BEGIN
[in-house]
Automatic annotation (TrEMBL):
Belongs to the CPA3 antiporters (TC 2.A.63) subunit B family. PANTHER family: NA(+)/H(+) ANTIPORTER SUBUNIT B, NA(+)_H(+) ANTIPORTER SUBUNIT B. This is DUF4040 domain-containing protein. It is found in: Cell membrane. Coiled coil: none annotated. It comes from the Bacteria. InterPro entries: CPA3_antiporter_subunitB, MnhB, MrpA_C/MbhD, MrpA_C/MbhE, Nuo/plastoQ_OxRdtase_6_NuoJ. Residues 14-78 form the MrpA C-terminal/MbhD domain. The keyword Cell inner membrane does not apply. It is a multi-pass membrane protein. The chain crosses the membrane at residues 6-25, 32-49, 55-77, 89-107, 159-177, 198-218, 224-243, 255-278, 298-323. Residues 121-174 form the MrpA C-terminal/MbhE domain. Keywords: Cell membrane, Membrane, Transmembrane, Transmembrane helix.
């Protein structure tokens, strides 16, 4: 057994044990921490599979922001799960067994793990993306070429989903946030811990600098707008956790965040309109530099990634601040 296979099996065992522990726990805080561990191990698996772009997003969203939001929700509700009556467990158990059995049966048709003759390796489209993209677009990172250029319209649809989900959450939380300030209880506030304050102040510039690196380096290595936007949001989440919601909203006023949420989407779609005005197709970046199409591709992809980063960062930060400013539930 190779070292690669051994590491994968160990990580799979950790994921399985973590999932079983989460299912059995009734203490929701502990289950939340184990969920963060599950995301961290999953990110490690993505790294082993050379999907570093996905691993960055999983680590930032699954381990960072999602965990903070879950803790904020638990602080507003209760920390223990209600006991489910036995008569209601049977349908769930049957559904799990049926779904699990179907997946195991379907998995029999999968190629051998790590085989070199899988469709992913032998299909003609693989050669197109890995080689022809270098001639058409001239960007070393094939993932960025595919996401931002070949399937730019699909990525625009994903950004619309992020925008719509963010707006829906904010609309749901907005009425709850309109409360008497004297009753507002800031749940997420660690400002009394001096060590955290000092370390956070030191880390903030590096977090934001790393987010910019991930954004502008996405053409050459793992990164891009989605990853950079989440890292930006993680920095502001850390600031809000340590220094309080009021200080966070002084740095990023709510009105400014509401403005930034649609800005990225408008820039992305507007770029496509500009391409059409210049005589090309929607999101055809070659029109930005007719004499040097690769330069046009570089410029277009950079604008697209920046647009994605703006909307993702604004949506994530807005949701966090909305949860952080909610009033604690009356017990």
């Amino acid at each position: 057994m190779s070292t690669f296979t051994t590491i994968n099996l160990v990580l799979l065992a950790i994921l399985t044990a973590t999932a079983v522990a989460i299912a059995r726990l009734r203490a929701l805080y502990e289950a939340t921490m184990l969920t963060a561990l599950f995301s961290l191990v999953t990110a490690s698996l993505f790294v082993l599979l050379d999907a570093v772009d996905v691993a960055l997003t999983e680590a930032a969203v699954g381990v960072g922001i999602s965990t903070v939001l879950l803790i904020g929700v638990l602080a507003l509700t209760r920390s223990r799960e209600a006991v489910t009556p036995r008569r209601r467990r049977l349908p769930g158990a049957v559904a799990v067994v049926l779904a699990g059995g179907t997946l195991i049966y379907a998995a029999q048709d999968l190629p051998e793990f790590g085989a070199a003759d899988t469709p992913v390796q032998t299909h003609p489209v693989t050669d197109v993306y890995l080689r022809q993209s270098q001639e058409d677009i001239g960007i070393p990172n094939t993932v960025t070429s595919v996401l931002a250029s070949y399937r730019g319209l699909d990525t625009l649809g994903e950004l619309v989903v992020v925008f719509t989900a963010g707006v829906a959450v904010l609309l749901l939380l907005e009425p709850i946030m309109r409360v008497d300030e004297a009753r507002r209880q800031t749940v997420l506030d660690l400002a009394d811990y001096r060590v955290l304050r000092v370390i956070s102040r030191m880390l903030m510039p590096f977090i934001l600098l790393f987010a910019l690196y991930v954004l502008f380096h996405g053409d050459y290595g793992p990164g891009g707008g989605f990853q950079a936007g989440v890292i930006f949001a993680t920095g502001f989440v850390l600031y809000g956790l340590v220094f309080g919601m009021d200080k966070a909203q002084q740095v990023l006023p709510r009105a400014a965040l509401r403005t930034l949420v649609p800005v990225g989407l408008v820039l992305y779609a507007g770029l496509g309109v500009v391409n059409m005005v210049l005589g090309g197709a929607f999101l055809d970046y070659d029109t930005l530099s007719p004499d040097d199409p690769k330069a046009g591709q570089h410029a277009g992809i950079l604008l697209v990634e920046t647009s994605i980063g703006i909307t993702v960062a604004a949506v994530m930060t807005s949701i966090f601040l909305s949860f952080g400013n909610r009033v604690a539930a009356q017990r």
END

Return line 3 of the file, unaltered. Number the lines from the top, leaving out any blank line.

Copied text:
Belongs to the CPA3 antiporters (TC 2.A.63) subunit B family. PANTHER family: NA(+)/H(+) ANTIPORTER SUBUNIT B, NA(+)_H(+) ANTIPORTER SUBUNIT B. This is DUF4040 domain-containing protein. It is found in: Cell membrane. Coiled coil: none annotated. It comes from the Bacteria. InterPro entries: CPA3_antiporter_subunitB, MnhB, MrpA_C/MbhD, MrpA_C/MbhE, Nuo/plastoQ_OxRdtase_6_NuoJ. Residues 14-78 form the MrpA C-terminal/MbhD domain. The keyword Cell inner membrane does not apply. It is a multi-pass membrane protein. The chain crosses the membrane at residues 6-25, 32-49, 55-77, 89-107, 159-177, 198-218, 224-243, 255-278, 298-323. Residues 121-174 form the MrpA C-terminal/MbhE domain. Keywords: Cell membrane, Membrane, Transmembrane, Transmembrane helix.